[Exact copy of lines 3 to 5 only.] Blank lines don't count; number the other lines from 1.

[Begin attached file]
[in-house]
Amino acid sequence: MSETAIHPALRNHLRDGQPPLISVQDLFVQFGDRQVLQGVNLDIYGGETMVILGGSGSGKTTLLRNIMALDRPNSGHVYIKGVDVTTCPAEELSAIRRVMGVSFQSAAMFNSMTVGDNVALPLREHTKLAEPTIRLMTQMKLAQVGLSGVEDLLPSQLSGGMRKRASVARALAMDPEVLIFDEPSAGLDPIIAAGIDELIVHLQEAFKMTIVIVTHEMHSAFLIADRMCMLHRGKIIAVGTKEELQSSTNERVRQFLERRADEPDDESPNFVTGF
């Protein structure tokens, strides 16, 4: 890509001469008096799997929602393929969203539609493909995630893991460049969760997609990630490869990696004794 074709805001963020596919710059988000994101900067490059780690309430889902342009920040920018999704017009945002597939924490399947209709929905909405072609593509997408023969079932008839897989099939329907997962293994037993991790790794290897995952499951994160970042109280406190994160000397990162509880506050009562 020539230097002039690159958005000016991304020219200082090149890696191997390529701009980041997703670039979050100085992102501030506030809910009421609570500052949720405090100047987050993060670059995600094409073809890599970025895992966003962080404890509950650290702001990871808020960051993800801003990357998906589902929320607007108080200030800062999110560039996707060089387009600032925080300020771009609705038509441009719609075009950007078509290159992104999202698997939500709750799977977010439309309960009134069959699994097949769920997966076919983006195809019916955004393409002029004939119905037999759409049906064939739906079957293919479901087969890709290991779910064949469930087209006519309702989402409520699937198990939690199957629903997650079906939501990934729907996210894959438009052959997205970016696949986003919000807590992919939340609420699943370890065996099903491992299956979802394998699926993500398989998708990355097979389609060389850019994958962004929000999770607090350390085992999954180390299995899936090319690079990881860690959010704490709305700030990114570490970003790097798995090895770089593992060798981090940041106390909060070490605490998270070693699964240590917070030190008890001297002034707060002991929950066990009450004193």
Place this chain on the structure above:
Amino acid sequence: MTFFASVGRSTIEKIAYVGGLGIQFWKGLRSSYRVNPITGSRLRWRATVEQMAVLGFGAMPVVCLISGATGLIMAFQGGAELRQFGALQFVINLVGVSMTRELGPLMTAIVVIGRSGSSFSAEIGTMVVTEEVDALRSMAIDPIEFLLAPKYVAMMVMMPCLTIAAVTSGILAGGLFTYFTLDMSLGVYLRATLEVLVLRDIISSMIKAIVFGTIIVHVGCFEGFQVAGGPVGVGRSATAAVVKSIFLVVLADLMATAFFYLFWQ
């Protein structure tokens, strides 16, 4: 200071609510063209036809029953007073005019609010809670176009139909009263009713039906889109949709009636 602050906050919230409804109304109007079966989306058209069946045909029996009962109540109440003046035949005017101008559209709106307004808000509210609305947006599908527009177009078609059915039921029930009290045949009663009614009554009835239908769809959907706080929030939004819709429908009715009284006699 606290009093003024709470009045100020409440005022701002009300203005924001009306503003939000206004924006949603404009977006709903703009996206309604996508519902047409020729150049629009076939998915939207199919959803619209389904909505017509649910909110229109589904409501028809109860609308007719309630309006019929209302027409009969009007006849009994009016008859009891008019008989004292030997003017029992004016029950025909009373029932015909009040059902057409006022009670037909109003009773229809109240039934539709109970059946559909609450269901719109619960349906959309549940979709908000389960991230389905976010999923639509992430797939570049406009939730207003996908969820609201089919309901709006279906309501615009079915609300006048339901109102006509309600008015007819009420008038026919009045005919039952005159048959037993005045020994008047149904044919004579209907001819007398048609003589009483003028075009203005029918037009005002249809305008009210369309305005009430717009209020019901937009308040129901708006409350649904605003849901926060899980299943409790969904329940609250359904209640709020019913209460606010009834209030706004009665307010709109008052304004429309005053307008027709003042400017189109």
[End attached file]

């Protein structure tokens, strides 16, 4: 890509001469008096799997929602393929969203539609493909995630893991460049969760997609990630490869990696004794 074709805001963020596919710059988000994101900067490059780690309430889902342009920040920018999704017009945002597939924490399947209709929905909405072609593509997408023969079932008839897989099939329907997962293994037993991790790794290897995952499951994160970042109280406190994160000397990162509880506050009562 020539230097002039690159958005000016991304020219200082090149890696191997390529701009980041997703670039979050100085992102501030506030809910009421609570500052949720405090100047987050993060670059995600094409073809890599970025895992966003962080404890509950650290702001990871808020960051993800801003990357998906589902929320607007108080200030800062999110560039996707060089387009600032925080300020771009609705038509441009719609075009950007078509290159992104999202698997939500709750799977977010439309309960009134069959699994097949769920997966076919983006195809019916955004393409002029004939119905037999759409049906064939739906079957293919479901087969890709290991779910064949469930087209006519309702989402409520699937198990939690199957629903997650079906939501990934729907996210894959438009052959997205970016696949986003919000807590992919939340609420699943370890065996099903491992299956979802394998699926993500398989998708990355097979389609060389850019994958962004929000999770607090350390085992999954180390299995899936090319690079990881860690959010704490709305700030990114570490970003790097798995090895770089593992060798981090940041106390909060070490605490998270070693699964240590917070030190008890001297002034707060002991929950066990009450004193």
Place this chain on the structure above:
Amino acid sequence: MTFFASVGRSTIEKIAYVGGLGIQFWKGLRSSYRVNPITGSRLRWRATVEQMAVLGFGAMPVVCLISGATGLIMAFQGGAELRQFGALQFVINLVGVSMTRELGPLMTAIVVIGRSGSSFSAEIGTMVVTEEVDALRSMAIDPIEFLLAPKYVAMMVMMPCLTIAAVTSGILAGGLFTYFTLDMSLGVYLRATLEVLVLRDIISSMIKAIVFGTIIVHVGCFEGFQVAGGPVGVGRSATAAVVKSIFLVVLADLMATAFFYLFWQ